Traders willing to bet that Express Scripts Inc. (ESRX)’s $29.1 billion offer for Medco Health Solutions Inc. (MHS) can win antitrust approval now have a chance to earn the biggest profit of any takeover in America.
Medco rose 18 percent after Express Scripts said July 21 that it would buy the company to create the largest U.S. manager of prescription drug benefits. The stock has since fallen seven consecutive days on concern U.S. regulators will block the acquisition. With Medco of Franklin Lakes, New Jersey, trading more than $10 below the cash-and-stock offer valued at $70.64 a share, traders can reap a 17 percent gain betting the deal will close, according to data compiled by Bloomberg.
While Medco investors are growing more skeptical the Express Scripts bid can withstand scrutiny from the U.S. Federal Trade Commission, merger arbitrage analysts at Oscar Gruss & Son Inc. and Tullett Prebon Plc say the windfall now outweighs the risk that the deal will fail or be delayed. Express Scripts, which would control about 30 percent of the drug benefits business, will have more leverage to negotiate lower consumer prices from drugmakers without dominating a market where rivals would still manage plans for seven of every 10 insured Americans, according to BB&T Capital Markets and Stifel Financial Corp.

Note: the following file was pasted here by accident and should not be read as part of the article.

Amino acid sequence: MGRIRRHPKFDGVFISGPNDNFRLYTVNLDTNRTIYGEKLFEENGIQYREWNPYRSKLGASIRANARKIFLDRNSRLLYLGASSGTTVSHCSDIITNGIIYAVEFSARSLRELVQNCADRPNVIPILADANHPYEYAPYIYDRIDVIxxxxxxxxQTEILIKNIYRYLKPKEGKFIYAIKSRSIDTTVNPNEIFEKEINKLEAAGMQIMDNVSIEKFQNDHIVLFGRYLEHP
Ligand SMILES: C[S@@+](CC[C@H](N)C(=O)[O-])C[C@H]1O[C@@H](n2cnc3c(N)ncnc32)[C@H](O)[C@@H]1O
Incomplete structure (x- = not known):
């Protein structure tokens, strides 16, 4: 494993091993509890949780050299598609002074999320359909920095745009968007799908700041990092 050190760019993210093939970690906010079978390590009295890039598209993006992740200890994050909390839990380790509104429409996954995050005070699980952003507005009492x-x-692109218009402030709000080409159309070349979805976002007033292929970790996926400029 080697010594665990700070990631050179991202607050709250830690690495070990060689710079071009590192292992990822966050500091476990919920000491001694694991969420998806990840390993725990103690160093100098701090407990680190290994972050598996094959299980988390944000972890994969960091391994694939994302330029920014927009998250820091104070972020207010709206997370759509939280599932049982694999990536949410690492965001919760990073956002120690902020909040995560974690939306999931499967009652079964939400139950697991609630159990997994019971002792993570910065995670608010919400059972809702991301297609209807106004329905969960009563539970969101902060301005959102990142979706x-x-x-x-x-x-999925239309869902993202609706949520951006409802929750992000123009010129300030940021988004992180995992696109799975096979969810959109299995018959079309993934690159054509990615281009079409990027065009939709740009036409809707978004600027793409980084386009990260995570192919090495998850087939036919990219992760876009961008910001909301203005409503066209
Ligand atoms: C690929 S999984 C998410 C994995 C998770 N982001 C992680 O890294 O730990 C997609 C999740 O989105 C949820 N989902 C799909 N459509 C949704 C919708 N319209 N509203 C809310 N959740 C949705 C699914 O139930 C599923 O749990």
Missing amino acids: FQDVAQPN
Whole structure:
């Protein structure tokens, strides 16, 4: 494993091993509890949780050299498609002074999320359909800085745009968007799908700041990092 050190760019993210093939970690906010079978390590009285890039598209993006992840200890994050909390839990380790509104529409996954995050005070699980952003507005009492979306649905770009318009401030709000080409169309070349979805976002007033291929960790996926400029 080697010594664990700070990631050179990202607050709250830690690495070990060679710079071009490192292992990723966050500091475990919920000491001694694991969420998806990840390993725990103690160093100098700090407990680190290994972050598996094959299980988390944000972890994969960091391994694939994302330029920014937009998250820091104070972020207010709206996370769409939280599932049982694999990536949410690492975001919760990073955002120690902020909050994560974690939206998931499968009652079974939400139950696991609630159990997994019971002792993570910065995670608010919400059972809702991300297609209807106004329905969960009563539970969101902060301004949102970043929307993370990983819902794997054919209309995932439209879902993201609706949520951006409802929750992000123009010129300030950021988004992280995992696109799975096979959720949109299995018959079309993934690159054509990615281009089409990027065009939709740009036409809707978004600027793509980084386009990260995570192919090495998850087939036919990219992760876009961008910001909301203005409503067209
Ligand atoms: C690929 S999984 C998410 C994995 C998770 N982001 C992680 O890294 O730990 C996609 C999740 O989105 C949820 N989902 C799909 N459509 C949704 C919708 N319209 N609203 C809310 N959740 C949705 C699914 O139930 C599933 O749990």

“Investors can profit,” Bill Kavaler, a New York-based special situations analyst at Oscar Gruss, said in a telephone interview. Pharmacy benefits managers are “the only ones in the health-care industry that are in the position to negotiate effectively with the pharmaceuticals to lower drug prices,” which makes the FTC less likely to delay the sale, he said.
“I believe that it will get done,” he said.
Brian Henry, a spokesman for St. Louis-based Express Scripts, said the company expects to undergo the regulatory review process and referred to its statement with Medco on July 21. Lowell Weiner, a spokesman at Medco, declined to comment and also referred to the joint statement.
“Express Scripts and Medco believe they will be successful working through the regulatory review process,” the statement said. The pharmacy benefits management, or PBM, “business will continue to remain competitive after this transaction,” it said. The companies expect the acquisition to close in the first half of 2012, according to the statement.
Mitch Katz, a Washington-based spokesman for the FTC, declined to comment on whether the agency has begun a review of the acquisition.
Express Scripts will pay Medco holders $28.80 a share in cash and 0.81 Express Scripts share for each Medco share held, the companies said in their July 21 statement.
Including net debt, the acquisition was valued at $34.3 billion, data compiled by Bloomberg show. At the time the deal was announced, the agreement was about 28 percent higher than Medco’s price of $55.78 a day prior to the offer.
While Medco’s stock climbed more than $10 in the two days following the Express Scripts deal, it has lost about half the gain since July 22. Medco closed at $60.46 yesterday, $10.18 below the current value of Express Scripts’ offer, according to data compiled by Bloomberg.
The difference between Medco’s price and the deal offer is now the widest of any pending cash-and-stock deal in the U.S., indicating the acquisition offers the biggest arbitrage profit as well as the highest likelihood of failure of any comparable deal, data compiled by Bloomberg show.